Abstract 4852: Changes In Left Ventricular Structure And Function Over 12 Months In Patients With Mild Or Asymptomatic Heart Failure With Previous Symptoms In The Resynchronization Reverses Remodelling In Systolic Left Ventricular Dysfunction (reverse) Study
Background: Cardiac Resynchronization Therapy (CRT) induces LV reverse remodeling that translates into symptom relief and improved survival in New York Heart Association (NYHA) symptom class III/IV heart failure (HF). We hypothesized that CRT would also result in LV reverse remodeling in NYHA class I/II (asymptomatic or minimally symptomatic) HF and slow disease progression.
Method: All patients in the REsynchronization reVErses Remodeling in Systolic left vEntricular dysfunction (REVERSE) study had an EF<40% and a QRS>120ms and had optimal HF therapy for at least 1 month. Echograms were obtained at baseline, pre-hospital discharge (PHD), 6 and 12 months. At the PHD visit two limited echos were performed (one with CRT OFF and one with CRT ON), to assess the acute mechanical effect of pacing. LV volume indices, EF, LV mass and severity of mitral regurgitation (MR) were quantified at all time points by a Core Echo lab.
Results: Of 610 patients, 82% had NYHA class II and 18% had class I HF. Patients were randomized 2:1 to CRT ON (n=419) or CRT OFF (n=191). LV volume indices at end-systole and end-diastole decreased and EF increased significantly from baseline to 12 months in CRT ON, but did not change in CRT OFF. LV mass and severity of MR did not change in either group at 12 months (Table⇓). When CRT ON was switched to CRT OFF at PHD, there were no significant acute changes in LV size or function.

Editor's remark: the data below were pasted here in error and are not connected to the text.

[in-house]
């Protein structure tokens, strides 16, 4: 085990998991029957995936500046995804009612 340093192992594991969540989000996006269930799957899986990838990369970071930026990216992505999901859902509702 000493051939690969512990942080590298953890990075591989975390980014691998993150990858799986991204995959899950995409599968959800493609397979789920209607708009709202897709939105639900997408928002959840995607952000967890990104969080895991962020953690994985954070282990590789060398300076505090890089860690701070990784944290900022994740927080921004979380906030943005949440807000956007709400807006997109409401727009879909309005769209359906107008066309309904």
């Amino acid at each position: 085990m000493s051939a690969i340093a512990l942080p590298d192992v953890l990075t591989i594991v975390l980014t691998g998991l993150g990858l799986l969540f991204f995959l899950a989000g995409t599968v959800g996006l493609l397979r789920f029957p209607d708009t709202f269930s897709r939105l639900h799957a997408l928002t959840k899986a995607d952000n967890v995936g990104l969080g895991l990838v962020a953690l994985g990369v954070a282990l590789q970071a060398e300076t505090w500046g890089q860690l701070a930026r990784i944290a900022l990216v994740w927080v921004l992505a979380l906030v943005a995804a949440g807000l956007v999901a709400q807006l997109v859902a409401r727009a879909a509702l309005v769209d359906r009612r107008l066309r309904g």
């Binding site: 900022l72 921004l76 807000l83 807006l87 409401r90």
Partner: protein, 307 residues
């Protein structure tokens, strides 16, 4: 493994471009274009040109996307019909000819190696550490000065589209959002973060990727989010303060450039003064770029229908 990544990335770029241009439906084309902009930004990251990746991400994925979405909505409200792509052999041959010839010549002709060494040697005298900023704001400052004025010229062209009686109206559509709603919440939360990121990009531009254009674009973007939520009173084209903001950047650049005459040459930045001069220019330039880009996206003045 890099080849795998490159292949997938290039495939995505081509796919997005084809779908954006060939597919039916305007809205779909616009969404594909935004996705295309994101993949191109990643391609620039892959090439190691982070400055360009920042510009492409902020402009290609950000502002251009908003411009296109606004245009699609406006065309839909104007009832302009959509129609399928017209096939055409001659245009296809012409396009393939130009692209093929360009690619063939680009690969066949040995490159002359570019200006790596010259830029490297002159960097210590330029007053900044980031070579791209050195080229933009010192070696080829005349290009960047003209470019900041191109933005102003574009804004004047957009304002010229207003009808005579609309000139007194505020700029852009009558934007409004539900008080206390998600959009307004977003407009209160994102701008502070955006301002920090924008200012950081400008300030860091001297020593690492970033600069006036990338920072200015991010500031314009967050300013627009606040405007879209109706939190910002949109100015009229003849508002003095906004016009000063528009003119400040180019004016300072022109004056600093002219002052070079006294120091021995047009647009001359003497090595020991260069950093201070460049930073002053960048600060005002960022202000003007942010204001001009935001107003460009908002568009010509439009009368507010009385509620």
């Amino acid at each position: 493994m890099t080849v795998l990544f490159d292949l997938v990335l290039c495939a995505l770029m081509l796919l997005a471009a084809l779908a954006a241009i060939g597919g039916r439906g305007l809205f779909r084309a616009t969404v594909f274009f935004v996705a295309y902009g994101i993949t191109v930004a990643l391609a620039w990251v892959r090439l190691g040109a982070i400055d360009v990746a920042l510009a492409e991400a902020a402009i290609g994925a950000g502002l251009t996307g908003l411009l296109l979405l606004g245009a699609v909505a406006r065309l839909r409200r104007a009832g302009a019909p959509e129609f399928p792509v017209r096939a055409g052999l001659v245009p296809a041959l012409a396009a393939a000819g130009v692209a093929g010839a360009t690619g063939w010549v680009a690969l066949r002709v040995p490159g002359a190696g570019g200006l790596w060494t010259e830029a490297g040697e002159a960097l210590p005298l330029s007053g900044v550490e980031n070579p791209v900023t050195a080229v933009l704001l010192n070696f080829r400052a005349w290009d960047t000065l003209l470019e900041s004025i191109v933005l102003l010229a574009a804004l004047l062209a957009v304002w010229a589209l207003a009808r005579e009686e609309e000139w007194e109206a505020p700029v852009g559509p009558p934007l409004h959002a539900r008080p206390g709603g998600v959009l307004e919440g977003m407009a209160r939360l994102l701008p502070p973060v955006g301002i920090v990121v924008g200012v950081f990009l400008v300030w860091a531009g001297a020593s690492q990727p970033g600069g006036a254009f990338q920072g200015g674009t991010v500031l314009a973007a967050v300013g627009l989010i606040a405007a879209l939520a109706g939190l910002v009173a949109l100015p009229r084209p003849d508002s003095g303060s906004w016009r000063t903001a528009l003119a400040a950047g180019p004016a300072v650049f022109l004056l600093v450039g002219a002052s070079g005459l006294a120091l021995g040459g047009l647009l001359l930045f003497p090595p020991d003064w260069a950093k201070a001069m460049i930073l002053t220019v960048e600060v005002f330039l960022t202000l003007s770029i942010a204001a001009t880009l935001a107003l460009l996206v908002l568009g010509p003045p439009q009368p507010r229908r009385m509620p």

Conclusion: CRT results in major structural and functional LV reverse remodeling in patients with NYHA class I/II HF that may delay the natural disease progression. The progressive reverse LV remodeling is demonstrated on top of the attenuation seen with optimal medical therapy in NYHA class I/II (CRT OFF group). The echo findings in REVERSE may have important clinical implications for use of CRT in the optimal therapy of patients with NYHA class I/II heart failure.